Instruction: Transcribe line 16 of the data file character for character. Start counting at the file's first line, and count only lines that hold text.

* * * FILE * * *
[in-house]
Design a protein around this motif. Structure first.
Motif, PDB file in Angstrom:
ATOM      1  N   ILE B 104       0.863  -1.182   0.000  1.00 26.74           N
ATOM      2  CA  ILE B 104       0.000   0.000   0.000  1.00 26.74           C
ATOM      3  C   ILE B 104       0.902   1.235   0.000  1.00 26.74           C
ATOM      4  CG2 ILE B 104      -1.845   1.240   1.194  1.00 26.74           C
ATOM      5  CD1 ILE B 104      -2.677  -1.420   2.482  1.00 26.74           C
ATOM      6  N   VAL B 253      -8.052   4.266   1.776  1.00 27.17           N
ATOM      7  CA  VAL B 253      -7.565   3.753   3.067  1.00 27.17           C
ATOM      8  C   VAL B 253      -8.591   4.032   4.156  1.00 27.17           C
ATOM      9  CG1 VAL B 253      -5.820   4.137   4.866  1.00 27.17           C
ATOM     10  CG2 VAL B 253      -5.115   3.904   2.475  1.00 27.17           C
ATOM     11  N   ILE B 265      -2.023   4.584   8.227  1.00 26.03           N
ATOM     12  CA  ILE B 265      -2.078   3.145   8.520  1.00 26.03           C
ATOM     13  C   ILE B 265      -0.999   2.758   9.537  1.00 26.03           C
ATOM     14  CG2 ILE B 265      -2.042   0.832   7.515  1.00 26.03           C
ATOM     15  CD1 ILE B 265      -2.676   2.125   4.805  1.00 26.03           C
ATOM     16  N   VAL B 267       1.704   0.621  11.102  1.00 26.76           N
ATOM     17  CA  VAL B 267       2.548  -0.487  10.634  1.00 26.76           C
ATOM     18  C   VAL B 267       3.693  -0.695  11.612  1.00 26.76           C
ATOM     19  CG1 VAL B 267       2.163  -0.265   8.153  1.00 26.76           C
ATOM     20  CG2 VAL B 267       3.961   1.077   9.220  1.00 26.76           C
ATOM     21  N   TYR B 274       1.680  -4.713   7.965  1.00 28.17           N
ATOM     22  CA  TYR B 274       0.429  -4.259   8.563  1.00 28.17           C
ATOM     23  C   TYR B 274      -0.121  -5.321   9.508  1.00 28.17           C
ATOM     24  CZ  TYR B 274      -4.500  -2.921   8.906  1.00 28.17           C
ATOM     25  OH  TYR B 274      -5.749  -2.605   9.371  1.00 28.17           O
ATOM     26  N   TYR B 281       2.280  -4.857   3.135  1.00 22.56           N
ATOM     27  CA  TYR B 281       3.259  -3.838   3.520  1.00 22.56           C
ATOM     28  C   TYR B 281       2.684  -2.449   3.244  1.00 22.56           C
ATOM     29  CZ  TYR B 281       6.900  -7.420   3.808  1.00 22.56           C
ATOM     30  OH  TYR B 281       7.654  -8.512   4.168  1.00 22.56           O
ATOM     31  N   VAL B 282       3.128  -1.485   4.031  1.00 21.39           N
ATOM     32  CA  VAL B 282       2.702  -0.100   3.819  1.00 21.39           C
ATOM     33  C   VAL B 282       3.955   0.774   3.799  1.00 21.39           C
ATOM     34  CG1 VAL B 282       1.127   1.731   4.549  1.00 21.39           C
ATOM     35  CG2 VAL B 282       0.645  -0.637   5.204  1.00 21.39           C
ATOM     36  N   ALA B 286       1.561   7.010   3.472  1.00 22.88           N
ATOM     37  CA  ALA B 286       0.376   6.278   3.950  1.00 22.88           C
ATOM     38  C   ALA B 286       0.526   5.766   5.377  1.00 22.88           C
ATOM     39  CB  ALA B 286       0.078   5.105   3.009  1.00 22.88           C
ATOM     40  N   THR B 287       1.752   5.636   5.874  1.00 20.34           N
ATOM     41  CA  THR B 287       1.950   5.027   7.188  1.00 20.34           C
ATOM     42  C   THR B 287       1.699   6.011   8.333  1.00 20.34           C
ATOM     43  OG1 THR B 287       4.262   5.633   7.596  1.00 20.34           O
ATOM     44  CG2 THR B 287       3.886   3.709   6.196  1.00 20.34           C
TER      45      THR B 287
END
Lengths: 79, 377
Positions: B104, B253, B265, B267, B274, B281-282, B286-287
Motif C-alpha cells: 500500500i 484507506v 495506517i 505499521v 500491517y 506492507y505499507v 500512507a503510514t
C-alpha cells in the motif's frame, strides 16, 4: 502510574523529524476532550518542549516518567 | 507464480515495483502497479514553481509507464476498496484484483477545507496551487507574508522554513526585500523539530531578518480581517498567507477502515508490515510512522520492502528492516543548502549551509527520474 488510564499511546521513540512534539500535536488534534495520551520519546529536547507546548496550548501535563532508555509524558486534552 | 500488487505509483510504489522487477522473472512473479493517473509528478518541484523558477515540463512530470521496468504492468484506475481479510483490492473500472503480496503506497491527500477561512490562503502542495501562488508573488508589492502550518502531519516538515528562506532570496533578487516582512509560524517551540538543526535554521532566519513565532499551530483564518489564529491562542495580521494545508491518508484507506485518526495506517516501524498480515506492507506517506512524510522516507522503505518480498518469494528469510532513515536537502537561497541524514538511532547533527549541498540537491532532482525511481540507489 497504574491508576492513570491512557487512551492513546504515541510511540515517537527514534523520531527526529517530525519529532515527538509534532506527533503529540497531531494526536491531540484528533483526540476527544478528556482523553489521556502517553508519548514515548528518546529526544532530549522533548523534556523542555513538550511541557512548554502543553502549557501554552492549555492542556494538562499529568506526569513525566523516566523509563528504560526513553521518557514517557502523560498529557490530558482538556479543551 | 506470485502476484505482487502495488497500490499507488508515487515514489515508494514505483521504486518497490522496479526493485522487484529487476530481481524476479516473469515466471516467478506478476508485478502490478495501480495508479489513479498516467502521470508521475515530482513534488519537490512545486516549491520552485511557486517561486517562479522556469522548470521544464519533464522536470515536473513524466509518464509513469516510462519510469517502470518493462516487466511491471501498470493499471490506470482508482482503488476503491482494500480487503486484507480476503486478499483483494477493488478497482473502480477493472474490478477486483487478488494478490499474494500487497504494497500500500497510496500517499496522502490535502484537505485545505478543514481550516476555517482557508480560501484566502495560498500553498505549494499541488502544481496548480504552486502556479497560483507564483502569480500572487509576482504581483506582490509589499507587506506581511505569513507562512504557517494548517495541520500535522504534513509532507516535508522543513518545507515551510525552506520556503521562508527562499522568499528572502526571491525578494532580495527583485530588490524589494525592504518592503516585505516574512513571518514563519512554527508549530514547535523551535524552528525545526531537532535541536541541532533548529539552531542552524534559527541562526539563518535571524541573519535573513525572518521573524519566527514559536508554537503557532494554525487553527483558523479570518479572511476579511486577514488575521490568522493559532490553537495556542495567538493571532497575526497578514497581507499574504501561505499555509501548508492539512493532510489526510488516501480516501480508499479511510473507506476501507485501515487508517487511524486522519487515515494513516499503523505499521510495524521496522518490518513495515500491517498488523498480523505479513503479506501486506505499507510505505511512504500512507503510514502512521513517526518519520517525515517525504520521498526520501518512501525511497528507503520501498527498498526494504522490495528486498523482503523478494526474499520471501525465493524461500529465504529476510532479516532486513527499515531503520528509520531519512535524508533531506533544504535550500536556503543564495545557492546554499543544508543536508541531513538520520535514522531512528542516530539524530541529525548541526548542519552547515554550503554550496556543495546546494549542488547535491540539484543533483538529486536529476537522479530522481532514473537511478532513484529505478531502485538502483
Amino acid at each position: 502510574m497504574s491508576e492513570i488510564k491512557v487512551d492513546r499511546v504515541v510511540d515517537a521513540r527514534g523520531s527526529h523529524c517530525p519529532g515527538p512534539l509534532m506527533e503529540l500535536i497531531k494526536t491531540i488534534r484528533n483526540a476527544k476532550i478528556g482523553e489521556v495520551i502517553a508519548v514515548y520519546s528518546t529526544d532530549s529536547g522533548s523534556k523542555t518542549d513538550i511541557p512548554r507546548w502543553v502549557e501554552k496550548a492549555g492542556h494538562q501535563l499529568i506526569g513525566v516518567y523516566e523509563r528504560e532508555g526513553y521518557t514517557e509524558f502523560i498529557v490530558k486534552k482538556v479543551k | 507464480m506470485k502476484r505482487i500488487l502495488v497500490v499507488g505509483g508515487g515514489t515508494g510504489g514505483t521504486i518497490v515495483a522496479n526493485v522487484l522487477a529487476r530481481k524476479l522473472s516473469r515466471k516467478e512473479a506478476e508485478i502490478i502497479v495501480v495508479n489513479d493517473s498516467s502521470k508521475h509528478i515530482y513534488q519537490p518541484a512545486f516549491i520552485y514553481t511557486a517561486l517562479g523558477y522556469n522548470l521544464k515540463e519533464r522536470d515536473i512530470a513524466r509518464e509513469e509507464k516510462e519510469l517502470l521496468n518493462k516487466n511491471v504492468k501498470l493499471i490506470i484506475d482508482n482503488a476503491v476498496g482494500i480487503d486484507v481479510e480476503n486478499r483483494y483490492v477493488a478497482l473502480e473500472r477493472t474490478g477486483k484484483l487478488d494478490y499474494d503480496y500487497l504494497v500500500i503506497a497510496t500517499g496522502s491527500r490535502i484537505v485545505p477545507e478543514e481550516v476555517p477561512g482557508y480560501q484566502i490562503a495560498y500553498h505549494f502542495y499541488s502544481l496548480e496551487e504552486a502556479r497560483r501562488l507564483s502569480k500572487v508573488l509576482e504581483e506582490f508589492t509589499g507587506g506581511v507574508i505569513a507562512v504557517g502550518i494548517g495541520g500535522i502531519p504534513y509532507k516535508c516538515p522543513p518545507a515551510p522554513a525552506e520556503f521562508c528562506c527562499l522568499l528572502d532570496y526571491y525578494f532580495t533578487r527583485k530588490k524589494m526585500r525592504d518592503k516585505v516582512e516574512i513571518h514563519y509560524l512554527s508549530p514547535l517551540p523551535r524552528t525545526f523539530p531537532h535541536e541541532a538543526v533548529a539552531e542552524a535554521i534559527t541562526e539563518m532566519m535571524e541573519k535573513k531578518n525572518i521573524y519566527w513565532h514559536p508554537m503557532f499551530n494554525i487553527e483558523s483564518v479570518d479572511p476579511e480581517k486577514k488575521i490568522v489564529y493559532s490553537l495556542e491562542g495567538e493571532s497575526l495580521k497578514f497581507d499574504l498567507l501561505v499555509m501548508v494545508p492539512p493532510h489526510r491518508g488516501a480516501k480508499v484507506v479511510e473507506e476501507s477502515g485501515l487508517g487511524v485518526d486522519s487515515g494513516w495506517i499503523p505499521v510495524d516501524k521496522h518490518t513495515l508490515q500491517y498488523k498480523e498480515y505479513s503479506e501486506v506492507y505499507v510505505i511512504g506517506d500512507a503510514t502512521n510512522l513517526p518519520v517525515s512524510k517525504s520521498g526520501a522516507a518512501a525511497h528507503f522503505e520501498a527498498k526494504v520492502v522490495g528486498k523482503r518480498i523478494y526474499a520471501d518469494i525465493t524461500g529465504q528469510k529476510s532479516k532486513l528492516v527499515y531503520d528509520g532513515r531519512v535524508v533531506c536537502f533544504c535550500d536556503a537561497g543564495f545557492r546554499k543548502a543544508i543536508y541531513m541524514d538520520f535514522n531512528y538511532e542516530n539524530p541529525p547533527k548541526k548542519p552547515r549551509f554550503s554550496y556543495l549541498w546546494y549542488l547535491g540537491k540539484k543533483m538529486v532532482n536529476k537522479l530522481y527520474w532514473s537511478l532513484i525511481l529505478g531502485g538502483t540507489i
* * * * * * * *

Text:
ATOM     13  C   ILE B 265      -0.999   2.758   9.537  1.00 26.03           C